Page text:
In his first volume of autobiography, All Balls and Glitter, Craig revealed that, when he was 16, an unnamed celebrity sugar-daddy took him round the world and paid for his dance tuition; “it was just a business deal, but I don’t actually know if he saw it that way. I didn’t actually ask. I didn’t want to know.”

He had met his mystery benefactor while working for a television station.

“I knew what I was doing. I was quite grown up by then. I felt like an adult and I made an adult decision and that’s how I got out of Ballarat.

“It was the best thing that ever happened to me. He took me to the opening of Cats in New York; and Dream Girls had just opened on Broadway. I saw very clearly that I wanted to do that, that I wanted to be part of that life, and I’d do anything to get it.” Not only was Craig attracted to the world of dance and musical theatre, he had already discovered he was rather good at it, too.

After training in Melbourne, Craig moved to Sydney to perform in a production of La Cage aux Folles

Frustrated at just being part of the chorus line, and to help make ends meet he started performing in clubs as a drag queen act, going by the name of Lavish. “I used to go to clubs and sing as myself but people weren’t interested. And then I turned up as a woman and suddenly everyone was interested.

“Thankfully, in the Eighties, big hair and shoulder pads were in... Joan Collins wore more make-up than I ever did.” Craig eventually killed off Lavish, (“she was becoming just too popular and taking over my life”) but says he uses elements of her character when he plays the Wicked Queen in panto.

At the age of 22 Craig travelled to Paris to perform at the Lido cabaret on the Champs Elysées and then, in 1989, he moved onto London, where he has lived ever since, finally gaining British citizenship in 2011.

He started out touring with the Danny La Rue Show, before winning West End roles in Miss Saigon and Crazy for You and then moving into direction and production. It was while he was appearing in Miss Saigon that Craig married his then-flatmate, Jane.

“We resided in a one-bedroom flat in Crouch End, which was very romantic – a bit like Robert Redford and Jane Fonda in Barefoot in the Park. I loved her zany qualities, her appreciation for the arts, her outgoing nature, her ability to converse with anybody, her strength, her passion – even her Welsh accent.”

He admits proposing was an impulse decision that had not been thought through.

“There was no getting down on one knee. I blurted it out one evening after dinner at our local Greek restaurant.”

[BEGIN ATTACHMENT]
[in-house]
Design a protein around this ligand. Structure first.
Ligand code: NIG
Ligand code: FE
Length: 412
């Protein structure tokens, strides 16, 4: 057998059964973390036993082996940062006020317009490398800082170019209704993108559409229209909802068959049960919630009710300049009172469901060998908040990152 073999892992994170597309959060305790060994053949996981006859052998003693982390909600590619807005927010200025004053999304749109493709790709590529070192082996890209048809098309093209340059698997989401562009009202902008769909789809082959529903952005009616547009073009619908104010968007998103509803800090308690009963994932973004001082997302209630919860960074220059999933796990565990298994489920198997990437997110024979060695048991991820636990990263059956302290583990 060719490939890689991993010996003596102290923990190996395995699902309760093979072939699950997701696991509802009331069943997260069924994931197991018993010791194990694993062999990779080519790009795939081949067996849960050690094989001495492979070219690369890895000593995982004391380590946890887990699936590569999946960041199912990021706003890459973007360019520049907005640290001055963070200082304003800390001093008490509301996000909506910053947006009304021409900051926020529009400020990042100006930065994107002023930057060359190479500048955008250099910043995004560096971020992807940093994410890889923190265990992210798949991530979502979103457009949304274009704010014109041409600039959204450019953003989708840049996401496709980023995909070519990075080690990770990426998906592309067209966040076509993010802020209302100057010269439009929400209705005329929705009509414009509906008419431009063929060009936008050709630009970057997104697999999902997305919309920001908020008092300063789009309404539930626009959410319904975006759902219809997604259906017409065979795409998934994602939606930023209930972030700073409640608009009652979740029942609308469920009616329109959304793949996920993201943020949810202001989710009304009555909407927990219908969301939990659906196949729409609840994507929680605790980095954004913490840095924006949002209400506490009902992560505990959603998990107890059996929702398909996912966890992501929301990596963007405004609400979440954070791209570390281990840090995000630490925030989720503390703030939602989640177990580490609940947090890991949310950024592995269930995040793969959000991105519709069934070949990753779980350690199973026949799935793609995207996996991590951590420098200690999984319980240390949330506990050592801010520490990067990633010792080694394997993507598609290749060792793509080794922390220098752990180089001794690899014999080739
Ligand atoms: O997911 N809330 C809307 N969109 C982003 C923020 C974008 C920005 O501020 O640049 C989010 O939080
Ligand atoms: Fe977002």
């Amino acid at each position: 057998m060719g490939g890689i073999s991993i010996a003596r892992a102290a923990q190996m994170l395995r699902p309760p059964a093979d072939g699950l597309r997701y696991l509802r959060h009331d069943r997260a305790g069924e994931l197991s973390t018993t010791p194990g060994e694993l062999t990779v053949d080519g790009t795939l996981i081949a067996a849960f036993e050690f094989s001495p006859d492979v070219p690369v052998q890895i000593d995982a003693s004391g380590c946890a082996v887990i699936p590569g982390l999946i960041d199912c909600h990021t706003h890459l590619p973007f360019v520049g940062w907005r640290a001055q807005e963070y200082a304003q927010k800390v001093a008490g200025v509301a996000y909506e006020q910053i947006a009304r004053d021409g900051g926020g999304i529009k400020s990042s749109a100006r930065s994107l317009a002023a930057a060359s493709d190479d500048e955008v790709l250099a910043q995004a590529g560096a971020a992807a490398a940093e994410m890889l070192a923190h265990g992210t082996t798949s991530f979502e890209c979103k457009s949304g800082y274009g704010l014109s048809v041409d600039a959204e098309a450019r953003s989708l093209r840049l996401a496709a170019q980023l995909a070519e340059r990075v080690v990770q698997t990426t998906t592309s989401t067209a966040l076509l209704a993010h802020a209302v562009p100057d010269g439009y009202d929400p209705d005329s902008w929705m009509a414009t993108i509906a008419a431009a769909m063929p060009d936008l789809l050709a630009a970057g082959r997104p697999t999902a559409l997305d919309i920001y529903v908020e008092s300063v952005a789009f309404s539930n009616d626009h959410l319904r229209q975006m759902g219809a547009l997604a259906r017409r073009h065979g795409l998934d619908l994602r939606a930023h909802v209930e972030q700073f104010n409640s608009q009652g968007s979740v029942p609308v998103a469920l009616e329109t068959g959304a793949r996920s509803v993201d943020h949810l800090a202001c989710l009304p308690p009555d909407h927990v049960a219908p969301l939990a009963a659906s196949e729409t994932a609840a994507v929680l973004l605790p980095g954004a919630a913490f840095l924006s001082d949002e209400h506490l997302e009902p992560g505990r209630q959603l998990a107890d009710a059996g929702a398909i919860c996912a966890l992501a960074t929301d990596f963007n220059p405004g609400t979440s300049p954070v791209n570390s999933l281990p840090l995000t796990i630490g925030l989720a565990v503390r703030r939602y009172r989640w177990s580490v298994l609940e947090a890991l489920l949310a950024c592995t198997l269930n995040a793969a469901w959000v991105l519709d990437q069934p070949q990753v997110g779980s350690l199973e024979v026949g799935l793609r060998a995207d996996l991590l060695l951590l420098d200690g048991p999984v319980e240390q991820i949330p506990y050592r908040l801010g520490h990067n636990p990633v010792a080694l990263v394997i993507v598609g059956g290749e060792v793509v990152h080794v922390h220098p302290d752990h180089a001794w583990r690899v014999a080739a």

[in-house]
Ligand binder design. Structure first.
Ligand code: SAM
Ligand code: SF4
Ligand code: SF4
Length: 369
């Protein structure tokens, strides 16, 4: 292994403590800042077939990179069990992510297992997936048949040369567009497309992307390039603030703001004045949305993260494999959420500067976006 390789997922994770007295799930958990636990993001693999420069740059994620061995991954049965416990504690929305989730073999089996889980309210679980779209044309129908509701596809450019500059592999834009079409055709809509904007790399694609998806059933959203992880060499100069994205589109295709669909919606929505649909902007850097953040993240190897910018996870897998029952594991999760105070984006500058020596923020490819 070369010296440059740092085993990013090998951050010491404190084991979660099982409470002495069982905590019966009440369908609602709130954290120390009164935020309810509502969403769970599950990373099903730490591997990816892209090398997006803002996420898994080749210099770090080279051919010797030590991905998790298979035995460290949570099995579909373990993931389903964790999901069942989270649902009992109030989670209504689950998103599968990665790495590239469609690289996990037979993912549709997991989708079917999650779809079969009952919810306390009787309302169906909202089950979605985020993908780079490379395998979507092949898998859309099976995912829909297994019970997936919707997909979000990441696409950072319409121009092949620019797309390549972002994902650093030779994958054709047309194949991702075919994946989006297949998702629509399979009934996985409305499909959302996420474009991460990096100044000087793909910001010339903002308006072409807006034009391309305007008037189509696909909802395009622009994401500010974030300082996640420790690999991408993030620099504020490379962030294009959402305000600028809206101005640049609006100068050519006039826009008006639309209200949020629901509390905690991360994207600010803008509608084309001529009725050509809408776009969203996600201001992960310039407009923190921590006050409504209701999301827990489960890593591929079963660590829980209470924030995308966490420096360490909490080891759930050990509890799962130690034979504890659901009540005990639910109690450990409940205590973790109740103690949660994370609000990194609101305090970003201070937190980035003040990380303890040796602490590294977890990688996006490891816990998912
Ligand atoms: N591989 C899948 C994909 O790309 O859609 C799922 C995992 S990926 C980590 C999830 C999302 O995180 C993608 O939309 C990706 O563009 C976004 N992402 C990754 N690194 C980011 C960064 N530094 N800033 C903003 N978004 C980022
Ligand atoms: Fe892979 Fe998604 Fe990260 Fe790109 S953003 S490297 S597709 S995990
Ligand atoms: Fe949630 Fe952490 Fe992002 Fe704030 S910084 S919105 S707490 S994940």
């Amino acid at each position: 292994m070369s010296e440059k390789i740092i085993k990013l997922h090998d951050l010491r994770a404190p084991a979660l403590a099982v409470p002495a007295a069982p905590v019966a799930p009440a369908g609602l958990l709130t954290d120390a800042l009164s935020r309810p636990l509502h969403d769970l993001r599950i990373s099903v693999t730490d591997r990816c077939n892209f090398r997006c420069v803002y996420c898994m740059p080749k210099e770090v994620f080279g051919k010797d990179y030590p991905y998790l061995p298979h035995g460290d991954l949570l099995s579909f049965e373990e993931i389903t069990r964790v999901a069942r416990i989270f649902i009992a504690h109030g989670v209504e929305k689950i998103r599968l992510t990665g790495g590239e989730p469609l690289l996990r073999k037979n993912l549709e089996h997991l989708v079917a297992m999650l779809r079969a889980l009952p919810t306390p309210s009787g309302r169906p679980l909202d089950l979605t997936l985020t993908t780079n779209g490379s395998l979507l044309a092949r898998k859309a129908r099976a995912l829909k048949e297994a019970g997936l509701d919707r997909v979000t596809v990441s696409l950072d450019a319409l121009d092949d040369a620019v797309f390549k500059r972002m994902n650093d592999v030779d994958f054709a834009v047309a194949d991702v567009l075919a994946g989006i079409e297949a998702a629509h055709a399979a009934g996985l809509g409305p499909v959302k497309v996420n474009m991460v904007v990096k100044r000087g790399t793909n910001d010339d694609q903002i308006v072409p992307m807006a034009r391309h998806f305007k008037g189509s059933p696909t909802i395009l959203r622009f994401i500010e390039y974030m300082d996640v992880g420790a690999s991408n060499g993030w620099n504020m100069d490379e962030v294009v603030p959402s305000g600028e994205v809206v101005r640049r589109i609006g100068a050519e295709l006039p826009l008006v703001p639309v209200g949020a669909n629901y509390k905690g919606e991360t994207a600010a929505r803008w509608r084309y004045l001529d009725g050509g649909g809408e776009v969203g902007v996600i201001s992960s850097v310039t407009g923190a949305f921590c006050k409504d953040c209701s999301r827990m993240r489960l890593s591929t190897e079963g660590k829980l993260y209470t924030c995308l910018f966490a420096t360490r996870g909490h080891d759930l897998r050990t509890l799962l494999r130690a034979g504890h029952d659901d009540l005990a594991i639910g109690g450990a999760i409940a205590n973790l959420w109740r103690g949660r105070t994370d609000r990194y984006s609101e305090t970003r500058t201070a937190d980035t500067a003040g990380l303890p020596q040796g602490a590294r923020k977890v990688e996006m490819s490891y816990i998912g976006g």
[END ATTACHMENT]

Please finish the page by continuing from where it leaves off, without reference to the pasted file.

However, just before the couple’s second anniversary Craig discovered Jane was having an affair with a mutual friend and they divorced soon after.

“It was just a big mistake. I thought I could have everything – the wife, the kids, the boys – but I was immature and needed this lesson to grow up and be true to myself.”

He is still friends with Jane and her second husband, who says of Craig, “he is a lovely fella. Despite his demeanour on TV, that’s not the Craig we know.”

Craig suffered more heartache last year when he split up with his partner of three years, Damon Scott. Before that he had been in a relationship with Harley Street chemist Grant MacPherson for five years. Shortly after divorcing Jane, Craig gave up performing. At the time he was enjoying a wild and carefree life in a shared house in Camden – known as the Heartbreak Hotel – but then he damaged his shoulder and had to ask himself whether he wanted to be “dancing in the back row of the chorus when I’m 40”.

He tried his hand at sculpture, before getting a call from New York asking him to teach the steps of Crazy for You in a new production before taking it on tour to Berlin and then South Africa. And so he made the life-changing transition from dancer to choreographer.

He says being shouted at, and even assaulted, in the street by angry Strictly fans, does not bother him, although his stint on Masterchef in 2007 did help to change the public perception of him as a self-absorbed Mr Nasty. Gone were the acerbic put-downs, and instead there was Craig displaying crippling nerves, sweating and shaking.

Regarding Strictly, however, he remains bullish. “I don’t care what people say about me,” he says. “You read so much terrible stuff about yourself it sort of just ends up washing over. In fact, I try to laugh as much as I can, and think how wonderful that is.”